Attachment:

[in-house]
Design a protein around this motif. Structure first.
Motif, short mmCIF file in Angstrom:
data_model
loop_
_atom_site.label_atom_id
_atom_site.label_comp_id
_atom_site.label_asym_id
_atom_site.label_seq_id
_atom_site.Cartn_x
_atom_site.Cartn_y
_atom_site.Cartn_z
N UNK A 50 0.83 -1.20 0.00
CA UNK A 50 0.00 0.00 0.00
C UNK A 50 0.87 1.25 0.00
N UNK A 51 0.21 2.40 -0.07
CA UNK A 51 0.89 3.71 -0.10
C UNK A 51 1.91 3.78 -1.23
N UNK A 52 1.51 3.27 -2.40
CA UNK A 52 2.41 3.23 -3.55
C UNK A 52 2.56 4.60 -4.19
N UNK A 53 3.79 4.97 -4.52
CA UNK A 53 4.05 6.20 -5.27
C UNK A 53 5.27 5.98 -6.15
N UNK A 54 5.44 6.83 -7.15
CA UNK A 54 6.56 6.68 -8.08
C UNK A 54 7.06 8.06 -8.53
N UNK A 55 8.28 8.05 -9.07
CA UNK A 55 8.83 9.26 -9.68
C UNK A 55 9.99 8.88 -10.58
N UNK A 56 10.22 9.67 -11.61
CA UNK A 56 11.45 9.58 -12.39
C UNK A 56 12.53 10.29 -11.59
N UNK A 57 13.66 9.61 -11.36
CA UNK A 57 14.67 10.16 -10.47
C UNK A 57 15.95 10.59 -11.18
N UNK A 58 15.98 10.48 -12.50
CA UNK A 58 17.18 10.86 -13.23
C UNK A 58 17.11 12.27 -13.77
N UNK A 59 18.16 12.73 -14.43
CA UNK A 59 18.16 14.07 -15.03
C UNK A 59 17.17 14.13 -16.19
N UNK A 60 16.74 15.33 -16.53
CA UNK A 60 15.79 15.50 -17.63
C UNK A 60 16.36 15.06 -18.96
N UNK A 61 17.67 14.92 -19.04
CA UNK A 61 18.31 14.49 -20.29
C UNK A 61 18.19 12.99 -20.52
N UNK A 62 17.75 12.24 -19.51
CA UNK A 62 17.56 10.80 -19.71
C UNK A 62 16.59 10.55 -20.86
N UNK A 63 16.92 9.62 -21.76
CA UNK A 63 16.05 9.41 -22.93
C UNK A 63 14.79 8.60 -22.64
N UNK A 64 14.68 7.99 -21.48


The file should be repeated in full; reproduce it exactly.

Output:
[in-house]
Design a protein around this motif. Structure first.
Motif, short mmCIF file in Angstrom:
data_model
loop_
_atom_site.label_atom_id
_atom_site.label_comp_id
_atom_site.label_asym_id
_atom_site.label_seq_id
_atom_site.Cartn_x
_atom_site.Cartn_y
_atom_site.Cartn_z
N UNK A 50 0.83 -1.20 0.00
CA UNK A 50 0.00 0.00 0.00
C UNK A 50 0.87 1.25 0.00
N UNK A 51 0.21 2.40 -0.07
CA UNK A 51 0.89 3.71 -0.10
C UNK A 51 1.91 3.78 -1.23
N UNK A 52 1.51 3.27 -2.40
CA UNK A 52 2.41 3.23 -3.55
C UNK A 52 2.56 4.60 -4.19
N UNK A 53 3.79 4.97 -4.52
CA UNK A 53 4.05 6.20 -5.27
C UNK A 53 5.27 5.98 -6.15
N UNK A 54 5.44 6.83 -7.15
CA UNK A 54 6.56 6.68 -8.08
C UNK A 54 7.06 8.06 -8.53
N UNK A 55 8.28 8.05 -9.07
CA UNK A 55 8.83 9.26 -9.68
C UNK A 55 9.99 8.88 -10.58
N UNK A 56 10.22 9.67 -11.61
CA UNK A 56 11.45 9.58 -12.39
C UNK A 56 12.53 10.29 -11.59
N UNK A 57 13.66 9.61 -11.36
CA UNK A 57 14.67 10.16 -10.47
C UNK A 57 15.95 10.59 -11.18
N UNK A 58 15.98 10.48 -12.50
CA UNK A 58 17.18 10.86 -13.23
C UNK A 58 17.11 12.27 -13.77
N UNK A 59 18.16 12.73 -14.43
CA UNK A 59 18.16 14.07 -15.03
C UNK A 59 17.17 14.13 -16.19
N UNK A 60 16.74 15.33 -16.53
CA UNK A 60 15.79 15.50 -17.63
C UNK A 60 16.36 15.06 -18.96
N UNK A 61 17.67 14.92 -19.04
CA UNK A 61 18.31 14.49 -20.29
C UNK A 61 18.19 12.99 -20.52
N UNK A 62 17.75 12.24 -19.51
CA UNK A 62 17.56 10.80 -19.71
C UNK A 62 16.59 10.55 -20.86
N UNK A 63 16.92 9.62 -21.76
CA UNK A 63 16.05 9.41 -22.93
C UNK A 63 14.79 8.60 -22.64
N UNK A 64 14.68 7.99 -21.48